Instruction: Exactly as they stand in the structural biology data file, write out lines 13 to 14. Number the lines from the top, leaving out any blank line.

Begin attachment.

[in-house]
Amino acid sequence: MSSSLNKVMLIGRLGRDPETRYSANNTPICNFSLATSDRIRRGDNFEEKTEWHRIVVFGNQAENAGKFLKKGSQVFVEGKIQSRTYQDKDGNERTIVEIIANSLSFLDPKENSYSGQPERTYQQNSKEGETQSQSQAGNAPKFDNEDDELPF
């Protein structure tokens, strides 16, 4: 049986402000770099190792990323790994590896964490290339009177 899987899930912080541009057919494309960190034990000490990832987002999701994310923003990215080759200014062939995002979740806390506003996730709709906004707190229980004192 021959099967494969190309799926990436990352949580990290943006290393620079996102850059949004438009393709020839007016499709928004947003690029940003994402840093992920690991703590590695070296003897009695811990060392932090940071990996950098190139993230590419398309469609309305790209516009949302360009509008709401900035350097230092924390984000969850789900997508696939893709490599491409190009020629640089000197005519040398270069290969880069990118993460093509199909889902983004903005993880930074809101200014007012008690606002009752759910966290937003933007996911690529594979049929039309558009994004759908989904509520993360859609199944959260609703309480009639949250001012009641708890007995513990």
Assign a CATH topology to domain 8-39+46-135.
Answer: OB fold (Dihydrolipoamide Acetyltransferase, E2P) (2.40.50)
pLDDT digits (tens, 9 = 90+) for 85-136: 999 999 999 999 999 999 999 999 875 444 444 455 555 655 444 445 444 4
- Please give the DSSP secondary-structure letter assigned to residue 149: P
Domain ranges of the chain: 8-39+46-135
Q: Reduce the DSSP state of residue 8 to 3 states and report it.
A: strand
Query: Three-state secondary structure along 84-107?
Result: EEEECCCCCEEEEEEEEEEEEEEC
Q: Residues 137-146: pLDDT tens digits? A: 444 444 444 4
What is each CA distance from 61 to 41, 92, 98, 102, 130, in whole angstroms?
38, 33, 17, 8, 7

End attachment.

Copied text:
Q: Residues 137-146: pLDDT tens digits? A: 444 444 444 4
What is each CA distance from 61 to 41, 92, 98, 102, 130, in whole angstroms?